But consider this: When you refinance your mortgage, you will actually get a month off from making a payment. So you can apply the money you would've sent to your old mortgage company that month to your closing costs.

How Do You Do This?

The next step is to educate yourself. First, pull out your mortgage documents and check the interest rate. Make sure it's as high as you think it is.

Then start surfing. The sites we mentioned above have loads of basic information to help you get acquainted with the mortgage lingo.

Next you need to start shopping around for the best rates. Your first move should be a call your existing lender. If you're a good client, they won't want to see you go, so they may offer you a respectable refinancing rate. In addition, your lender could propose a "loan modification." This basically is a new interest rate on your existing mortgage. It cuts to the chase and cuts back on the headaches.

But before you sign a thing, call local banks and lenders and find out what they are offering. Check out reputable sites like Quicken Loans, HSH, LendingTree,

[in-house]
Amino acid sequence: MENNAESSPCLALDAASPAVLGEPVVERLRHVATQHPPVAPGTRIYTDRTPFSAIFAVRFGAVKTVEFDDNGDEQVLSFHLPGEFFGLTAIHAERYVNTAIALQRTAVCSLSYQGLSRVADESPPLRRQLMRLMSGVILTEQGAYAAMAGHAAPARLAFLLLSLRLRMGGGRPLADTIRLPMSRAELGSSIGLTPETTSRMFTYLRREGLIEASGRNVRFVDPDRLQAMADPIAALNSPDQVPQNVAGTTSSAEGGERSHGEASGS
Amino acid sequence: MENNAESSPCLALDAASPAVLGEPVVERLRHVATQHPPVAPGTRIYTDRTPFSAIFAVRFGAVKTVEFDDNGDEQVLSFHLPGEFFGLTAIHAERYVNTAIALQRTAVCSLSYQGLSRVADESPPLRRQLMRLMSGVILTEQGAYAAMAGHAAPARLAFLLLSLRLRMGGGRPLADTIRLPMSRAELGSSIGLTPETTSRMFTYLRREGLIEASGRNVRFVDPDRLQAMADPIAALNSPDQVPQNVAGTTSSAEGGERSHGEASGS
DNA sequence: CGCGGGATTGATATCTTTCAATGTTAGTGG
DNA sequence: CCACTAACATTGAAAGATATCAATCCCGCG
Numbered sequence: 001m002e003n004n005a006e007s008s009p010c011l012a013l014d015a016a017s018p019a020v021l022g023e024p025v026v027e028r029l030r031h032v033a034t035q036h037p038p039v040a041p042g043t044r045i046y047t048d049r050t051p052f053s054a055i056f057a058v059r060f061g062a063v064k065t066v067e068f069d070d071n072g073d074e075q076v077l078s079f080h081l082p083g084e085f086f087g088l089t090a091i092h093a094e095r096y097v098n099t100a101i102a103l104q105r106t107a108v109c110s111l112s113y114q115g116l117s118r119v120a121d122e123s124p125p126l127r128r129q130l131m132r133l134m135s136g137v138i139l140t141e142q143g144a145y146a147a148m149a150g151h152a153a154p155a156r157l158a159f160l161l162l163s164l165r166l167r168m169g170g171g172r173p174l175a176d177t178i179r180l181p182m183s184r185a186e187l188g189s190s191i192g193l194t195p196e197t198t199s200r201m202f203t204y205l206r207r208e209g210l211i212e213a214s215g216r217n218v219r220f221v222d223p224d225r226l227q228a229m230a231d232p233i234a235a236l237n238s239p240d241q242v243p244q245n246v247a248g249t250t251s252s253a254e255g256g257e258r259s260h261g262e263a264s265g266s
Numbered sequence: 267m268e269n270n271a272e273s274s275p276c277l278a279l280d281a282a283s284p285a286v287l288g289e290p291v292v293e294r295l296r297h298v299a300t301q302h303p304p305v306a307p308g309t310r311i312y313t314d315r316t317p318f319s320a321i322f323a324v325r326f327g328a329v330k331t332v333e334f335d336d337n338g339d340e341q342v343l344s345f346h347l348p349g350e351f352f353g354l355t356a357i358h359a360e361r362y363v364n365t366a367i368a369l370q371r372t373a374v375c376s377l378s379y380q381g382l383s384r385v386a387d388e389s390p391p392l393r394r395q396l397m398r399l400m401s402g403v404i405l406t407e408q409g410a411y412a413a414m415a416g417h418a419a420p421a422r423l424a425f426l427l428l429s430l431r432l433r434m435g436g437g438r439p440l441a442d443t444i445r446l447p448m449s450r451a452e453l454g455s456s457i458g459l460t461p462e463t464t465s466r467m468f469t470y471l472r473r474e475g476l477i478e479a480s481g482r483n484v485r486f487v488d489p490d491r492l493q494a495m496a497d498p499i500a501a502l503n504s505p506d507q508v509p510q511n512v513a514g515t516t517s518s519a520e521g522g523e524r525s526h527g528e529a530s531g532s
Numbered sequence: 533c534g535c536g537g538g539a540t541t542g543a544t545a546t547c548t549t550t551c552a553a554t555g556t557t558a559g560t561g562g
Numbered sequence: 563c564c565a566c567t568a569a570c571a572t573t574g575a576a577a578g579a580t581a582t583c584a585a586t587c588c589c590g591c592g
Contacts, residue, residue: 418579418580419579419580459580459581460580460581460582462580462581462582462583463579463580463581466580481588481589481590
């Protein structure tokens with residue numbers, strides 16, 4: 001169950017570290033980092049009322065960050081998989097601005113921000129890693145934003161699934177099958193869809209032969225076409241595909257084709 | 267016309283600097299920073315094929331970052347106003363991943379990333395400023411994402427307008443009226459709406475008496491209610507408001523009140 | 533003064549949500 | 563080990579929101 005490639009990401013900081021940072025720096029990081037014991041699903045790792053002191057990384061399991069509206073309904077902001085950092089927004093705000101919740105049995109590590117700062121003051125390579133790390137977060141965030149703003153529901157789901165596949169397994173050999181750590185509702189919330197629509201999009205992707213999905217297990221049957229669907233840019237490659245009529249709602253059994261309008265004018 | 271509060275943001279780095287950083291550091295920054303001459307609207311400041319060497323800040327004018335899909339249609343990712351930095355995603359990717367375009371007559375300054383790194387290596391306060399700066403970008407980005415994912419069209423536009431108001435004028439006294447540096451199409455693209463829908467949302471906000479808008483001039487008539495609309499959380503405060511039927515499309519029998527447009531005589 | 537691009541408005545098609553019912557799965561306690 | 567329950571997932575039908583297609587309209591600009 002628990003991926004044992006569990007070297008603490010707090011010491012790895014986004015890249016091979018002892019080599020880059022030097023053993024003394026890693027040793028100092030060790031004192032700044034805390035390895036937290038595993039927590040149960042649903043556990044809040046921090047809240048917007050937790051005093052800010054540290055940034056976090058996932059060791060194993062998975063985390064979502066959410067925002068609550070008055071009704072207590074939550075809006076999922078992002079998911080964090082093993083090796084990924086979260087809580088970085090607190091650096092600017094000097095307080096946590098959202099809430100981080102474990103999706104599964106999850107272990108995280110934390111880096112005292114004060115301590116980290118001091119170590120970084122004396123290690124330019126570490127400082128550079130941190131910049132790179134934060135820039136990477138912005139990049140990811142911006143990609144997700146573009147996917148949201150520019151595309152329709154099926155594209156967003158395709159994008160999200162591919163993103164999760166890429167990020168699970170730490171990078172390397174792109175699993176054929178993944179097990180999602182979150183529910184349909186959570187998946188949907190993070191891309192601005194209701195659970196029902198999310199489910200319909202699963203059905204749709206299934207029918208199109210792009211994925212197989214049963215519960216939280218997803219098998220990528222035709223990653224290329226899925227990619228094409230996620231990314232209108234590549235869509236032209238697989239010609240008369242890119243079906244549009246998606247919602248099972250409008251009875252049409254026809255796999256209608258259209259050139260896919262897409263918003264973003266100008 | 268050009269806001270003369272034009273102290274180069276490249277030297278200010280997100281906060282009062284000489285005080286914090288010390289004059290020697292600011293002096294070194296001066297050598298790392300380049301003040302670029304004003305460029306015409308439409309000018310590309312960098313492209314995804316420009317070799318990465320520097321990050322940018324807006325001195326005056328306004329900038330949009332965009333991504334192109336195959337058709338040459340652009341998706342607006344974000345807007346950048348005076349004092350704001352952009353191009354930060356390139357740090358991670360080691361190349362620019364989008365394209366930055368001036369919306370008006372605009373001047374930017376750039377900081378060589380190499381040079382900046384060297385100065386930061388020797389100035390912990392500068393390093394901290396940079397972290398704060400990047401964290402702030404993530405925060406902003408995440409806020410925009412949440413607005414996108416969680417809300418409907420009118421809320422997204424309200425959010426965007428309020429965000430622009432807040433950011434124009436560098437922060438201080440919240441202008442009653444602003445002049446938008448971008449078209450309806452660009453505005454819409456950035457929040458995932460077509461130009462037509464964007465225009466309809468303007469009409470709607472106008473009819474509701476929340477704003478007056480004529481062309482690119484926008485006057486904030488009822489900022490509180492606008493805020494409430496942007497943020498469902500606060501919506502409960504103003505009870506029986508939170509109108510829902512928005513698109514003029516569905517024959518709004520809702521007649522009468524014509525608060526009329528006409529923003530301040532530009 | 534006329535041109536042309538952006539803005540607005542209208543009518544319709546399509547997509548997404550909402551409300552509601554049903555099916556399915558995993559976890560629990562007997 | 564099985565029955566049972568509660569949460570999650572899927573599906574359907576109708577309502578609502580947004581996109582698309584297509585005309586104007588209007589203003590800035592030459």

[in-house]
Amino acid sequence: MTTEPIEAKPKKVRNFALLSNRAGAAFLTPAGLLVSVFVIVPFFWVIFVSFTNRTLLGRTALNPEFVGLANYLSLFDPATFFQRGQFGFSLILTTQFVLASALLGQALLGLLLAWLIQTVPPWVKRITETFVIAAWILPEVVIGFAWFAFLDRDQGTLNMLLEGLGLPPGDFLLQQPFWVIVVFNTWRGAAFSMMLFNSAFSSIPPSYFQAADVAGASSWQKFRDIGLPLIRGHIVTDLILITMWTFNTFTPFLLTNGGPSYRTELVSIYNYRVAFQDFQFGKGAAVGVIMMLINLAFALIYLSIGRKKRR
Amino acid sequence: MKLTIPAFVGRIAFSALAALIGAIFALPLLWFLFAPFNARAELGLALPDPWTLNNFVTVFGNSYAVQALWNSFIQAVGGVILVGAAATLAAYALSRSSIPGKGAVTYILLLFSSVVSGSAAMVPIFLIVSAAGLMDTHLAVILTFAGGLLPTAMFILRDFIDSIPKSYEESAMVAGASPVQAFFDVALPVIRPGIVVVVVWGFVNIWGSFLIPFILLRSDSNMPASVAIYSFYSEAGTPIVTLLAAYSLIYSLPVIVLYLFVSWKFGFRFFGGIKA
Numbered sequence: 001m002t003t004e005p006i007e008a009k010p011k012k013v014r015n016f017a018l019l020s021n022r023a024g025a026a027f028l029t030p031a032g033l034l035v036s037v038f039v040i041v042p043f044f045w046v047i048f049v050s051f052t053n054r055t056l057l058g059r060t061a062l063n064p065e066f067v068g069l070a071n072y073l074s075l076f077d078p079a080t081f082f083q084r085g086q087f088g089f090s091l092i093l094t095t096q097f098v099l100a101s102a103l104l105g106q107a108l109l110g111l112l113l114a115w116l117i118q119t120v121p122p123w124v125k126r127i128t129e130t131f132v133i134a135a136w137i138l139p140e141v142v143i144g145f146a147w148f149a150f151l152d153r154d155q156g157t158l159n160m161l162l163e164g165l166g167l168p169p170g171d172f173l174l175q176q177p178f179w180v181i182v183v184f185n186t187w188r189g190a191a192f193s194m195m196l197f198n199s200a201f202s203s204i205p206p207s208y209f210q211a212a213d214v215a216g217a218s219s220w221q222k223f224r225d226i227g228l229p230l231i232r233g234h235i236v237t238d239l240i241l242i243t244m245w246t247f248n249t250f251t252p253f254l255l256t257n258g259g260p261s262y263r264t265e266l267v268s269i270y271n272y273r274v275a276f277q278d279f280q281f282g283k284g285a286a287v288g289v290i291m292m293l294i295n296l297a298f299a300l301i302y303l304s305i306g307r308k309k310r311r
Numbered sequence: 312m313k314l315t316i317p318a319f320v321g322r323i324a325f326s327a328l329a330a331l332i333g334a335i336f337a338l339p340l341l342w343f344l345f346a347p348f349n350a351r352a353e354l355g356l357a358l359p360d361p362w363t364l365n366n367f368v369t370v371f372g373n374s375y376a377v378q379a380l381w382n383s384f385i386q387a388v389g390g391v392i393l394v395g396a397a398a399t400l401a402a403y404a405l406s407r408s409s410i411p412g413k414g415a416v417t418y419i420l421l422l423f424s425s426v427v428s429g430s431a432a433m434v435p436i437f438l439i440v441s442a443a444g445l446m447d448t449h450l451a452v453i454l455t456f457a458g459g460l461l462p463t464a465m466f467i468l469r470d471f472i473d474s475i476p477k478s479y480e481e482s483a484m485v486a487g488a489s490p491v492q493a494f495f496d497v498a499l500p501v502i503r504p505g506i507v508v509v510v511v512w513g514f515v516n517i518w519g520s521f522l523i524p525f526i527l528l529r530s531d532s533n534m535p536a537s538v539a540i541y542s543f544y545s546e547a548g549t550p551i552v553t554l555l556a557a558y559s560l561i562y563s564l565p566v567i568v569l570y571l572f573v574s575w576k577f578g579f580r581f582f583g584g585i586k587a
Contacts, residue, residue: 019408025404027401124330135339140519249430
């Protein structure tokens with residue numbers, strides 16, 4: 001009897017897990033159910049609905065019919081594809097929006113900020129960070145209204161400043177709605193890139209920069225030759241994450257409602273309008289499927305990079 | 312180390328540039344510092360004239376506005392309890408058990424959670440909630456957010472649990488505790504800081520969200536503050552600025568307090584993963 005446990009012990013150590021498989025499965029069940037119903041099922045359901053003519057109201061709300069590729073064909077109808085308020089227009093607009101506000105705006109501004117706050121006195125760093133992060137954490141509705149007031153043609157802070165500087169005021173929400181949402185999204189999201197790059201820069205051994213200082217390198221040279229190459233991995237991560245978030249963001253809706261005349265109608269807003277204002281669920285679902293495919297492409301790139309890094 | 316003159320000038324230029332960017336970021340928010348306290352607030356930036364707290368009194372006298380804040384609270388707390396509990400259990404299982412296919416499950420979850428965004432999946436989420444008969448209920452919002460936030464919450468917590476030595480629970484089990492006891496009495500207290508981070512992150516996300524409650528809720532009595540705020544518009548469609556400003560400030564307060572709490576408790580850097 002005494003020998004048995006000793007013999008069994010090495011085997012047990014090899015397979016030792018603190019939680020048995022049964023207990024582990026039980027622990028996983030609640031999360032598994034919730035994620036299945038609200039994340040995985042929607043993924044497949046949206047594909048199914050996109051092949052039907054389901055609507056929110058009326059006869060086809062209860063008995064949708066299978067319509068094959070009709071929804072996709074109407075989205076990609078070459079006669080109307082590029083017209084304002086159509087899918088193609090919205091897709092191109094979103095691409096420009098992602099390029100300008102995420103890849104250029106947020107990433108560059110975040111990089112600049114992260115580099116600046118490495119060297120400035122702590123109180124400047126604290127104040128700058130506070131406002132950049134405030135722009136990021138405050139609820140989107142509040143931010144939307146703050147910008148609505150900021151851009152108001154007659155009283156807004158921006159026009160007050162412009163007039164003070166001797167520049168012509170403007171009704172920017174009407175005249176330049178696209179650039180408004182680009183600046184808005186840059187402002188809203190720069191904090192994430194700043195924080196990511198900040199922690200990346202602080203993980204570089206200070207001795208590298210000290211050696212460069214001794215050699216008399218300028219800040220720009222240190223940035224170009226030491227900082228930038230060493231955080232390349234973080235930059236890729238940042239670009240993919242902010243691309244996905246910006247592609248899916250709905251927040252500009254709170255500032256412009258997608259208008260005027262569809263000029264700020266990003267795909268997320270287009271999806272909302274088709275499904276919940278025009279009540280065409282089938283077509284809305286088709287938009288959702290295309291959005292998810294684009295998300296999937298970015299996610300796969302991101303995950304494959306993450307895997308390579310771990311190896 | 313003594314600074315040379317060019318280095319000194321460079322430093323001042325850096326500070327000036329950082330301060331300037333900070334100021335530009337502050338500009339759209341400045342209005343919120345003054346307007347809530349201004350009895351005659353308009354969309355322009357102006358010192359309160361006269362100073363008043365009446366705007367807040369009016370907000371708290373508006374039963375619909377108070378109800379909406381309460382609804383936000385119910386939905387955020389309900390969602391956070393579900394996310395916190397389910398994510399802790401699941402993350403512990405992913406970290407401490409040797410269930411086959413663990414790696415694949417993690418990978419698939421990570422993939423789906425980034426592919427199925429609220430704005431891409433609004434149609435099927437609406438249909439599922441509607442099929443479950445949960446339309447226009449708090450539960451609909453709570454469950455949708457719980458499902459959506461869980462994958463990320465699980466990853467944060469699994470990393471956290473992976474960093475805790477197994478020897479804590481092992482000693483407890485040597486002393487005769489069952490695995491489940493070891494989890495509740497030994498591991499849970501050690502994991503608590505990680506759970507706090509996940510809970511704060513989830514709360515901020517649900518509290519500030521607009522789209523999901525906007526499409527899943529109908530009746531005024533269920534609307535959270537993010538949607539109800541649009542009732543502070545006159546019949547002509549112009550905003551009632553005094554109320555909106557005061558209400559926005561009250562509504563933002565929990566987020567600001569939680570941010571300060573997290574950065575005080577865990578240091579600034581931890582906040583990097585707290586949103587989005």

Countrywide and

Wells Fargo. You may have to input personal information, so make sure you know who is getting it.

If you are uncomfortable inputting your mortgage information on the Web, Quicken Loans offers a toll-free number that will put you in touch with a loan consultant, says Tim Dennis, the designer of the Quicken Loans Web site. (Note: These loan consultants get paid based on customer satisfaction.)

Either way, ask questions. Ask about all your different options. Maybe a 15-year mortgage is a better way for you to go. Ask about the paperwork process. Hopefully, your refinancing lender will take care of it all for you. You don't want to be calling your old mortgage company trying to gather documents.

So, just because everyone else is doing it, should you?

Probably. (Sorry, Mom.)